Knowledge management is the process of capturing, distributing, and effectively using knowledge.
– Tom Davenport
The Technology Services Industry Association (TSIA) defines knowledge management as the controlling of facts, lessons, or best practices learned by employees that can be captured to benefit the whole organization.
Although that may sound simple and easy, implementation isn’t definitely a piece of cake. As per TSIA’s Knowledge Management Survey 2019, only 4% of the companies make it to the final strategic phase of the maturity model—let facts speak for themselves.
To help you simplify the execution and assure that even your company completes its KM journey successfully, SearchUnify partnered with Rubrik and conducted a webinar titled AI-Enabled Knowledge Management and Support on July 2nd, 2020. The inquisitive audience of customer support professionals was able to learn the best KM practices from the practitioners who implemented, measured, and improved KM programs and won a Stevie(R) for the best use of technology. Here’s a sneak peek of the key takeaways from the webinar.
Knowledge shared is knowledge squared.
Why is Knowledge Management Difficult?
In the digital age where data continues to grow with each passing day, companies struggle to make knowledge management work. Since knowledge comes in all shapes and sizes, it becomes quite a task to capture and distribute information effectively.
80% of worldwide data will be unstructured by 2025 as per the projections from IDC.
Furthermore, capturing explicit knowledge that comes in the form of product manuals, white papers, research reports, etc. is relatively easier. However, it is the implicit knowledge, and to be precise, tacit knowledge that is difficult to capture and share. Internal individual processes, like experience, reflection, and talent obtain tacit knowledge that is difficult to code. Therefore, the need to capture, organize, and analyze data is as high as challenging it is.
Knowledge Management Maturity Level
To help organizations assess their KM practices, TSIA documented four phases of knowledge management. These phases manifest across people, culture, process, and technology. Besides helping enterprises to self-assess their KM programs, these phases help to identify ways to further improve knowledge sharing. Let’s take a closer look at the phases.
- Recognition Phase: In this phase, barely any formal programs, processes, or metrics related to knowledge management are in place. Companies recognize and reward employees with solutions and answers, which actually promotes knowledge hoarding than knowledge sharing.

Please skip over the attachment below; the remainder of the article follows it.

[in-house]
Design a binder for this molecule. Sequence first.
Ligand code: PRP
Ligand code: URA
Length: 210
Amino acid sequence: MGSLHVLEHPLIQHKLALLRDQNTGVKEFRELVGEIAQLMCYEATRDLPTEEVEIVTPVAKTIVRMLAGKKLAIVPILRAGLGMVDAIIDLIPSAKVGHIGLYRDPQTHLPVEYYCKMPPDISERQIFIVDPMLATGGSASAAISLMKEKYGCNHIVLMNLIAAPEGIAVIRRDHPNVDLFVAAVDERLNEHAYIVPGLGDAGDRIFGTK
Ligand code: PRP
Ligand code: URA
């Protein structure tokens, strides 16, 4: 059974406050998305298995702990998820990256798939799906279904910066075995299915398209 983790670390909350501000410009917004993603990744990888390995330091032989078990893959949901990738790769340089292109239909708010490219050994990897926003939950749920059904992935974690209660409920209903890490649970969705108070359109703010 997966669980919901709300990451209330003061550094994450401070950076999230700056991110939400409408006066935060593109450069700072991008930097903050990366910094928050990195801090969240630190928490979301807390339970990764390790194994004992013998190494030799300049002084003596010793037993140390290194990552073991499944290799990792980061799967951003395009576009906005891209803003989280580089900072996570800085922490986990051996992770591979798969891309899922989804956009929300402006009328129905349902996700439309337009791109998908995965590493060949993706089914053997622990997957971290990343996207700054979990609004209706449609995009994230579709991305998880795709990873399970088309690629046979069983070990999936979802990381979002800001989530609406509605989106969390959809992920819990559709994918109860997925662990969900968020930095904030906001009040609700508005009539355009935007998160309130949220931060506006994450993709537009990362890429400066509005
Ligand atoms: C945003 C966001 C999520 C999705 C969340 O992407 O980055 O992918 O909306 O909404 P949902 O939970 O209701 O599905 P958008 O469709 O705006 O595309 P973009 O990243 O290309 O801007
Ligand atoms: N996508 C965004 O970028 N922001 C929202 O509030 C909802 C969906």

- Instantiation Phase: In this phase, processes are identified to capture & share tacit knowledge. Repositories are identified and executives evaluate possible improvements in terms of quality, productivity, and cost if the program succeeds.
- Value Realization Phase: Once the tools and processes are in place, a measurable ROI is identified in this phase. Initial processes are optimized and interest in knowledge management spreads beyond the core team.
- Strategic Phase: In this phase, cross-enterprise knowledge sharing becomes the norm, paving the way for new approaches to staffing and organizational structures. KM initiatives extend throughout the firm and long-term commitments to infrastructure and staffing are provided.
On taking a closer look at the technology section, we see that the need for unified search technology is there at each of these stages. In fact, the need intensifies at each stage. In the first two stages, a search technology with unified interface would suffice whereas, in the later ones, the need for search analytics and insights engine arise to identify the content gaps, usability, relevancy, etc. A cognitive search platform provides you with both of them. Let’s see how Rubrik leveraged cognitive search to amplify its knowledge management and maturity.
Rubrik’s Journey Towards KM Maturity
Rubrik is the leader in cloud data management and helps enterprises achieve data control to drive business resiliency, cloud mobility, and regulatory compliance. It is the fastest-growing enterprise company in the billion-dollar league and has won many accolades for its products and services, including VMWorld Best of Show for two consecutive years in 2017 and 2018, and Forrester Wave Leader for Data Resiliency Solutions in 2019. It also ranked 10th and 21st on LinkedIn Top Startups and Forbes Cloud 100 list respectively.
What challenges did Rubrik face with knowledge management?
As aforementioned, there’s no dearth of data in the digital era. With multiple teams creating and processing data on a day-to-day basis, new and scattered data silos are likely to be produced. This brings us to the core challenge – disparate data silos.
More than often the information we are looking for is buried in the enterprise’s knowledge base. Employees at Rubrik had a hard time switching between diverse channels to find the right information at the right time. Moreover, if they were able to surface information through native search, relevance remained questionable.
Besides relevance of search results, limited support engineer participation and knowledge creation also made employees’ lives harder. This further impeded effective collaborations and the creation of support knowledge articles. Last but not least, multiple content repositories with zilch synchronization resulted in duplication of content and articles.
How did cognitive technology help Rubrik scale its knowledge management?
Rubrik leveraged cognitive technology to improve its knowledge management effectiveness. To learn about Rubrik’s knowledge management maturity journey and how they leveraged cognitive technology at each stage, tune in to our webinar and hear it from the horse’s mouth.